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SADC FTA implementation shortcomings highlight the scale of the Tripartite FTA challenge

22 July 2013

The South Africa-based Trade Law Centre (TRALAC) has published three ‘Comment’ discussion pieces on the trade implications of the ongoing suspension of the SADC Tribunal, on SADC law and the SADC Trade Protocol.

The suspension of the SADC Tribunal in 2010 means that no state or private party “can bring an application for the enforcement of rights provided for in any of the SADC legal instruments”. The process by which the SADC Tribunal was suspended is held to demonstrate “a serious design flaw in SADC’s dispute settlement system”. The TRALAC note argues that the suspension of the SADC Tribunal directly affected the implementation of the SADC FTA, since “there are serious unresolved legal issues as a result of ‘surcharges’ and new duties imposed on mainly South African goods imported into Zimbabwe and Tanzania.” “These measures”, it is maintained, “are prima facie unlawful under Articles 3 and 4 of the SADC Trade Protocol”, but in the absence of the SADC Tribunal, these disputes cannot be ruled upon.

TRALAC maintains that the current situation has “long-term consequences for investment development and respect for the rule of law”. It suggests that trade under the SADC FTA now “apparently takes place on the basis of discretions and ad hoc policy responses”. It also highlights the irony of non-implementation of SADC FTA commitments in the context of the Tripartite FTA (T-FTA) negotiations.

The issue of the functioning of the SADC Tribunal needs to be seen against the background of the Southern Africa Trade Hub audit of the SADC FTA in 2012, which found that “certain member states are not complying with basic obligations in the SADC Trade Protocol. Some are charging ‘surtaxes’ and levies on goods imported from other state parties, which are in violation of the applicable tariff schedules. In other instances goods from selected member states are targeted, amounting to discriminatory treatment.” Complaints have also been made over the use of health standards to block imports, with little objective justification being provided.  The TRALAC analysis notes that this is not a new problem, but that the SADC Committee of Ministers of Trade (CMT) could “not yet agree on how to tackle them or how to implement effective answers”.

According to the TRALAC Comment, this reflects a more fundamental problem, namely, the reluctance of SADC governments to “litigate against each other” for non-compliance with regional trade commitments. The analysis highlights the need for independent adjudication processes specifically for trade disputes, as used elsewhere in the world. The absence of such mechanisms, alongside implementation problems, is leading to “growing cynicism” in the private sector over regional trade integration processes.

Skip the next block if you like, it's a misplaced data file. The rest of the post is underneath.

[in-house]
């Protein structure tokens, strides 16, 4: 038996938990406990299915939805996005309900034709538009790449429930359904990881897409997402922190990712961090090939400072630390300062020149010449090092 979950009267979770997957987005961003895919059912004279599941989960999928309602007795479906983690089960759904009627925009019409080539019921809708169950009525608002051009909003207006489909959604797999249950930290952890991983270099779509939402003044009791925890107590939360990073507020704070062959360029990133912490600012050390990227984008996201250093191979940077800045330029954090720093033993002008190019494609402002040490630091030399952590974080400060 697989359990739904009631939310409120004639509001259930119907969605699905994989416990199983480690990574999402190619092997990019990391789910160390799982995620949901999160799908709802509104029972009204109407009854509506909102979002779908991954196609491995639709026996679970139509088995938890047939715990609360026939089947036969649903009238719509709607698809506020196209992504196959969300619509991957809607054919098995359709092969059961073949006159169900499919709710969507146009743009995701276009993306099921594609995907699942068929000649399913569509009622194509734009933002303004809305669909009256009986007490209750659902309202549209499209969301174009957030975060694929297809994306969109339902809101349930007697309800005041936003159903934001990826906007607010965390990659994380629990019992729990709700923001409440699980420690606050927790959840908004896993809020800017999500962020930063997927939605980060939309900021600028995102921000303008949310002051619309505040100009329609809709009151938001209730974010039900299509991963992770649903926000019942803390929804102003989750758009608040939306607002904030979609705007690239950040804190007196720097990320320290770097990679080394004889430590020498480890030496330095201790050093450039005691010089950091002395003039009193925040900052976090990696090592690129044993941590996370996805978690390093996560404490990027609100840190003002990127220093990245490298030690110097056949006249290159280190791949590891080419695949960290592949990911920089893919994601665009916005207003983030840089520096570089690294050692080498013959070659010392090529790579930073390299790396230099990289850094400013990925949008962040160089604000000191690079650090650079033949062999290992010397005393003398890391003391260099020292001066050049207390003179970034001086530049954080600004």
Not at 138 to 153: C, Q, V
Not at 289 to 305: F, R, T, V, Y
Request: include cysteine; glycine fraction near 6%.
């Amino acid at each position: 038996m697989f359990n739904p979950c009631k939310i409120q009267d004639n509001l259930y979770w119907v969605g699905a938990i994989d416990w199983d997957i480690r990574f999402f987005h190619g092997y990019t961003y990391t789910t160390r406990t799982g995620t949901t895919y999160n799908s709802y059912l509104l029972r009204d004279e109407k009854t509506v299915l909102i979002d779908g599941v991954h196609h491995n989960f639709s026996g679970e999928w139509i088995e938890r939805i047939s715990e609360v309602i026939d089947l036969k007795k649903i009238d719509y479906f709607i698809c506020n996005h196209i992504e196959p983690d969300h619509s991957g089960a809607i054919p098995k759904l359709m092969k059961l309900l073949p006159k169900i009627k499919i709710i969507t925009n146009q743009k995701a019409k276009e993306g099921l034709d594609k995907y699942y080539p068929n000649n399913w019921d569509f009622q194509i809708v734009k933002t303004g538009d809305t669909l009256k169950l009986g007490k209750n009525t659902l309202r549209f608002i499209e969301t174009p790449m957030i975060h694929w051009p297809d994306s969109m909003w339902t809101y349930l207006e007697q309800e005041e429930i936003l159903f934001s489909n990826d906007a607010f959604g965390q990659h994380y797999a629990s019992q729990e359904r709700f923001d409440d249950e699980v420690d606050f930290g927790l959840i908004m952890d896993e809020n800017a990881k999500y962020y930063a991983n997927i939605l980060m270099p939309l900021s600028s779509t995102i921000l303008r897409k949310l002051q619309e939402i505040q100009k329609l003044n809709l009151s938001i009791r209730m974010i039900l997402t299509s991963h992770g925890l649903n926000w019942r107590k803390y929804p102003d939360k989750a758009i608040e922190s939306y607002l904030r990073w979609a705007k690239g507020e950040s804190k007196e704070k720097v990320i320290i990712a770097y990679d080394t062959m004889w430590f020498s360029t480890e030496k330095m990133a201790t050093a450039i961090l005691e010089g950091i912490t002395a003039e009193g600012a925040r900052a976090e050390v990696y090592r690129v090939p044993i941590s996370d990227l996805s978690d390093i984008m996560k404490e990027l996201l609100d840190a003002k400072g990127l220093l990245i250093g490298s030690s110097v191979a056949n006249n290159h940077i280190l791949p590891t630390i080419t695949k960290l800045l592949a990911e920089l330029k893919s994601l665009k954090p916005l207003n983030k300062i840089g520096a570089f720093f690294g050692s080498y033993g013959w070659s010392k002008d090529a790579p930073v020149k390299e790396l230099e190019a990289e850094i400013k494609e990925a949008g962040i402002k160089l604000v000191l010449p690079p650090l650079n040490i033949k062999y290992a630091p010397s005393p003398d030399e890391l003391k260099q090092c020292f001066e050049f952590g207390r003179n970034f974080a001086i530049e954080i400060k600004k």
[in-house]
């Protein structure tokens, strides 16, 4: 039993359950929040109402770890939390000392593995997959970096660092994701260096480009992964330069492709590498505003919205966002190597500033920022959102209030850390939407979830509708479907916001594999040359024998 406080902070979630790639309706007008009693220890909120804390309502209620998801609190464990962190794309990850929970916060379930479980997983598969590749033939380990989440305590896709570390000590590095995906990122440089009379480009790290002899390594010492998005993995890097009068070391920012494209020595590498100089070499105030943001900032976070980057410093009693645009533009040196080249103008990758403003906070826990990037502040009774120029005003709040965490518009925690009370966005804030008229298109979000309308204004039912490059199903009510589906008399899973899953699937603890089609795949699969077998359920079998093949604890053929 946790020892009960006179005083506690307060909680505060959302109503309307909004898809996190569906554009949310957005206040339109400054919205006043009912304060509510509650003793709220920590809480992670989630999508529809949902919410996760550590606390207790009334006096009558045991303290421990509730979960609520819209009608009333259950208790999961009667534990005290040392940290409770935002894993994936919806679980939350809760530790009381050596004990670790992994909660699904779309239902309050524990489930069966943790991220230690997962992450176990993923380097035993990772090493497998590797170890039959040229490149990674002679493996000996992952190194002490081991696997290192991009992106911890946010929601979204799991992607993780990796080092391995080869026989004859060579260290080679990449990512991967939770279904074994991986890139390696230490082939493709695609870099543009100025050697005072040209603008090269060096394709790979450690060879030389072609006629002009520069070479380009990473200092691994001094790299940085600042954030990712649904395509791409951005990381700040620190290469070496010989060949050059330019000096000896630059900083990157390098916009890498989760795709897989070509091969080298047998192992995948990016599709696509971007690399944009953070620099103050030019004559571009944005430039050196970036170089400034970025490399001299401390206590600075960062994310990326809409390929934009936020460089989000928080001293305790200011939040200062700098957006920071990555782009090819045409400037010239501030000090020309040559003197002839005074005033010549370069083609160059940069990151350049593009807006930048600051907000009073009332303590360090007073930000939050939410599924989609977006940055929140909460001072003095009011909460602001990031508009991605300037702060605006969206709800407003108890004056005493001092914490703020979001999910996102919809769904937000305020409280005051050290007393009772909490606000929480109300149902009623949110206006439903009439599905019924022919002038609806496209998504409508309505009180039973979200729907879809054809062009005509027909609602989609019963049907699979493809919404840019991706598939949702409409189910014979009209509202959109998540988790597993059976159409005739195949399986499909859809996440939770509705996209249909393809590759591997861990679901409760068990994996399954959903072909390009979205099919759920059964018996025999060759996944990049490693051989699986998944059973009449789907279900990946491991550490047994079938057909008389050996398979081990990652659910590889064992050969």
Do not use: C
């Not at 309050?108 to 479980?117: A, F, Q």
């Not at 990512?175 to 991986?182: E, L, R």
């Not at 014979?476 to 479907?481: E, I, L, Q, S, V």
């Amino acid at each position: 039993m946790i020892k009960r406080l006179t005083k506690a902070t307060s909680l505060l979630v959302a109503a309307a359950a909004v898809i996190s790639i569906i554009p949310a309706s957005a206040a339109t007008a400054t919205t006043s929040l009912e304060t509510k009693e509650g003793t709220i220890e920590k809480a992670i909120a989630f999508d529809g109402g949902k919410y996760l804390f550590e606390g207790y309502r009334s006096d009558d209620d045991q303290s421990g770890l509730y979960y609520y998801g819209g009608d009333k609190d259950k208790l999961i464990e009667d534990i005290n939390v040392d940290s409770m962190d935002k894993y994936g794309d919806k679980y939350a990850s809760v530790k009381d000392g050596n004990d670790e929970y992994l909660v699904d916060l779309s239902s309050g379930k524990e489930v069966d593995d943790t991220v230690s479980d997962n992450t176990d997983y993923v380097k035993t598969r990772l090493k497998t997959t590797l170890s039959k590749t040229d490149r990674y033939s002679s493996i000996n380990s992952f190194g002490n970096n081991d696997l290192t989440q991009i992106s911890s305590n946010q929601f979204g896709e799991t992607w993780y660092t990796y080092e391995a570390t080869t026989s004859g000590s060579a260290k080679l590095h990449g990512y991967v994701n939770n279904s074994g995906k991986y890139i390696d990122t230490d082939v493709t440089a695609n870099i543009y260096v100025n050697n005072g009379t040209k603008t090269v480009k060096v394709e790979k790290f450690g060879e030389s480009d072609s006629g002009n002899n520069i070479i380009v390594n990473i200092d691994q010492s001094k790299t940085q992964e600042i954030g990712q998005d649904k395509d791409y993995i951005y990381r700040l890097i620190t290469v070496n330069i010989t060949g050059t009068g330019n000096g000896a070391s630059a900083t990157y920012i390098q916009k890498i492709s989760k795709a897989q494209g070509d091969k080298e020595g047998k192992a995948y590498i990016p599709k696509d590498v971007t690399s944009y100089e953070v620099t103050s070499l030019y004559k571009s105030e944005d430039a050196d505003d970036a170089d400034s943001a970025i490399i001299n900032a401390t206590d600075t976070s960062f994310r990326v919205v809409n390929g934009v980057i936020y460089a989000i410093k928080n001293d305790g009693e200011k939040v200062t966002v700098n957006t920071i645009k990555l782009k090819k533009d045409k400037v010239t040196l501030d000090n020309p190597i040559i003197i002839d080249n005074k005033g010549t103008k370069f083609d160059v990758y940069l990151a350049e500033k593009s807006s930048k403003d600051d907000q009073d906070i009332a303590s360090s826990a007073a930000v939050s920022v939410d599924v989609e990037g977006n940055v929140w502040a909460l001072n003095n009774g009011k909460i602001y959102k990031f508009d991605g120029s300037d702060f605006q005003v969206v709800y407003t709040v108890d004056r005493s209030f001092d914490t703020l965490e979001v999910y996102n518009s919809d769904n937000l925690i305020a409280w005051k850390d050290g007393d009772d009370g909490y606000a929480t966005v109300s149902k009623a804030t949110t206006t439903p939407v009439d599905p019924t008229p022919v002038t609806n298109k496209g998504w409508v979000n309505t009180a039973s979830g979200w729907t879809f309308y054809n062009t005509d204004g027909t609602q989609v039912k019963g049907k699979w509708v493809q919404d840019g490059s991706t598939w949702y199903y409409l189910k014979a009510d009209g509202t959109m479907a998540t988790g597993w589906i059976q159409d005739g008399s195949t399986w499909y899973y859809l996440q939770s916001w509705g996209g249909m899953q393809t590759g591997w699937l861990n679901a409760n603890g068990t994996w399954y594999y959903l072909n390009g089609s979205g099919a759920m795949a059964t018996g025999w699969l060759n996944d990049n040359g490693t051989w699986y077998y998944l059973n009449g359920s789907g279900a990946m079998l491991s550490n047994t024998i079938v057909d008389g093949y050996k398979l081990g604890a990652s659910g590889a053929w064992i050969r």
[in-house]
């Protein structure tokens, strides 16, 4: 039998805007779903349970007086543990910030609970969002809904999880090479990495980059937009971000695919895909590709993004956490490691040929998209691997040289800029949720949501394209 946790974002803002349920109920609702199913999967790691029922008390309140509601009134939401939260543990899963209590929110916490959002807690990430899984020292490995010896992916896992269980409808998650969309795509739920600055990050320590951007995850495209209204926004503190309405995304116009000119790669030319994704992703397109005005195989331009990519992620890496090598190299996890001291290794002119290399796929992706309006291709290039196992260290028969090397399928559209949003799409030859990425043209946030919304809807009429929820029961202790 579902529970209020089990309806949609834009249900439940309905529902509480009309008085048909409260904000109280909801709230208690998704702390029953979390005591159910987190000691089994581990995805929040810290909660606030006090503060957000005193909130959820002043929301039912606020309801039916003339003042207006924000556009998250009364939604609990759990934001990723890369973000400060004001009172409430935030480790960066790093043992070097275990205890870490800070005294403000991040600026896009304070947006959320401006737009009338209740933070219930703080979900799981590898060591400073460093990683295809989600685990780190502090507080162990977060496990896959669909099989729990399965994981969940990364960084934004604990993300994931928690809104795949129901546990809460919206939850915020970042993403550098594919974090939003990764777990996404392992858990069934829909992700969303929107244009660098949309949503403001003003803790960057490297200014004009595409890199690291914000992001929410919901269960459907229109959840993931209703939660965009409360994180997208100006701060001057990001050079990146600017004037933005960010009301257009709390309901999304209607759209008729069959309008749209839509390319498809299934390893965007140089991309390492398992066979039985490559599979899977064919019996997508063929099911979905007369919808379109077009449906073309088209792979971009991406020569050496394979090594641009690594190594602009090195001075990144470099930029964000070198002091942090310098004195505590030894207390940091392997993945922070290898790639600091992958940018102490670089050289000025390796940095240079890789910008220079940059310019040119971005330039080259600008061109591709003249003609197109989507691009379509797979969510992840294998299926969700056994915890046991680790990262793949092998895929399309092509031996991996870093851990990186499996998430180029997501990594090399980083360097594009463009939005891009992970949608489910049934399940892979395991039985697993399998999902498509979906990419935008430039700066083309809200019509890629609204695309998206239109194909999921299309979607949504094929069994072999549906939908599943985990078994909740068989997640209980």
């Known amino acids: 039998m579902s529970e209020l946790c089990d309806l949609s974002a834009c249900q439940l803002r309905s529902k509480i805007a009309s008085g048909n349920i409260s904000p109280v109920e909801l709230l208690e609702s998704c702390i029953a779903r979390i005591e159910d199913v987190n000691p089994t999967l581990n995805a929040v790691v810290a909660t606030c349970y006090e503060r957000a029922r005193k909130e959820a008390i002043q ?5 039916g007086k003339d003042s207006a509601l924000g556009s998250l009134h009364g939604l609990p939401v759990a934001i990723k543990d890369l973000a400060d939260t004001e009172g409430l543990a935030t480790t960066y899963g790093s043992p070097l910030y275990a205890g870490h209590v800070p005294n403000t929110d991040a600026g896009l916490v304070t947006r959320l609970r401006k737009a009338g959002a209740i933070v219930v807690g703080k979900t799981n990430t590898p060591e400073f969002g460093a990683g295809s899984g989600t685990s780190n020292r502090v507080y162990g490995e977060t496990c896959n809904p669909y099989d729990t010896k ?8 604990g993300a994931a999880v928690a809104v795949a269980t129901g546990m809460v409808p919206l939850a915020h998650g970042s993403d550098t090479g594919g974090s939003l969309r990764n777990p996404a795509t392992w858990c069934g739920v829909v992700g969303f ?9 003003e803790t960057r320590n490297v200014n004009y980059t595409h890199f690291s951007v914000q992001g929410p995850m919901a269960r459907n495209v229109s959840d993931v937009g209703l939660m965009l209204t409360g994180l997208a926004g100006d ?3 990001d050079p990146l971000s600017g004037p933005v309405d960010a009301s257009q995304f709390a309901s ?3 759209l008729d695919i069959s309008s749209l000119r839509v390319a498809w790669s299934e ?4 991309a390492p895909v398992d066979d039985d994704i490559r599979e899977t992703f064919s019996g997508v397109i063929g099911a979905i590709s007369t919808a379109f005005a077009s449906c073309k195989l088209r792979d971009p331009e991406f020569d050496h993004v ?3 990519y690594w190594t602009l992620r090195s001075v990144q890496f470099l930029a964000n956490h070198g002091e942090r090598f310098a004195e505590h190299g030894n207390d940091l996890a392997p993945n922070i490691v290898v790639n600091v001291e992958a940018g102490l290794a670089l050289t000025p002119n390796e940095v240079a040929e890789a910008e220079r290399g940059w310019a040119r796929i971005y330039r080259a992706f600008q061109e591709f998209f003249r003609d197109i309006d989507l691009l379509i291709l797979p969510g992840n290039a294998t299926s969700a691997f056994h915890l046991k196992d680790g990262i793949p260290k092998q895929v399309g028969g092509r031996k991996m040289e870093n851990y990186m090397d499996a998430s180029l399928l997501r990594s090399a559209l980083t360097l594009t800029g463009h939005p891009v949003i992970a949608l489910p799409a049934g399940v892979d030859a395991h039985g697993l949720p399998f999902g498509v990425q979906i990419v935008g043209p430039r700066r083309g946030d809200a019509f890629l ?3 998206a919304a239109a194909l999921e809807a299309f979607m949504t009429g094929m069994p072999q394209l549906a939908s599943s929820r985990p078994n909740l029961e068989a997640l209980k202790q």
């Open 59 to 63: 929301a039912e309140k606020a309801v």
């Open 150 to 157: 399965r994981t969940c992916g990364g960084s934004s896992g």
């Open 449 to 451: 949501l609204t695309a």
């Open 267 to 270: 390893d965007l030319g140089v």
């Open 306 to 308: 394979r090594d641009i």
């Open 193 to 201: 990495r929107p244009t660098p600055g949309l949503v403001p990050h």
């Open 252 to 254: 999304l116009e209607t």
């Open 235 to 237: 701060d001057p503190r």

An additional problem identified is the ambiguous nature of many of the basic trade policy commitments. One example of this is Article 3 of the SADC Trade Protocol, which deals with the elimination of barriers to intra-SADC trade, but also provides for derogations from the applicable obligations. Often the processes and methods for the operational application of ambiguous commitments are not developed further by the relevant ministerial structures, leaving scope for “ad hoc and politically motivated derogations of Article 3”.

These shortcomings are seen as important, given the wider aspirations of the T-FTA.

Editorial comment

Across the Southern and Eastern African region, the limitations of non-binding and non-enforceable regional trade policy commitments are being recognised. In the EAC, press reports noted in February 2012 that “the East African Community secretariat is working on a legal document to compel member states to eliminate non-tariff barriers” (see Agritrade article ‘ EAC trade integration lags behind schedule’, 11 March 2012).

However, an important lesson from the SADC experience is the need to ensure that these are trade-specific mechanisms, and not general dispute settlement arrangements that can be undermined by broader political disputes. The suspension of the SADC Tribunal in 2010, for example, followed rulings by the Tribunal against Zimbabwe for human rights violations.

The importance for intra-regional trade and investment of dealing with the transparent deployment of trade policy measures and strengthening enforcement mechanisms – to ensure that such mechanisms are only used in clearly defined circumstances – cannot be overestimated. Patterns of investment in agro-food sector development in the SADC region suggest that uncertainties over the security of access to markets in the SADC region are leading to major agricultural sector investments concentrated on production of goods for overseas markets, where market access arrangements are seen as being more secure (e.g. sugar sector investments in LDCs for the EU market), with regional investments being undermined (e.g. maize sector investments in Zambia and Malawi for regional markets).

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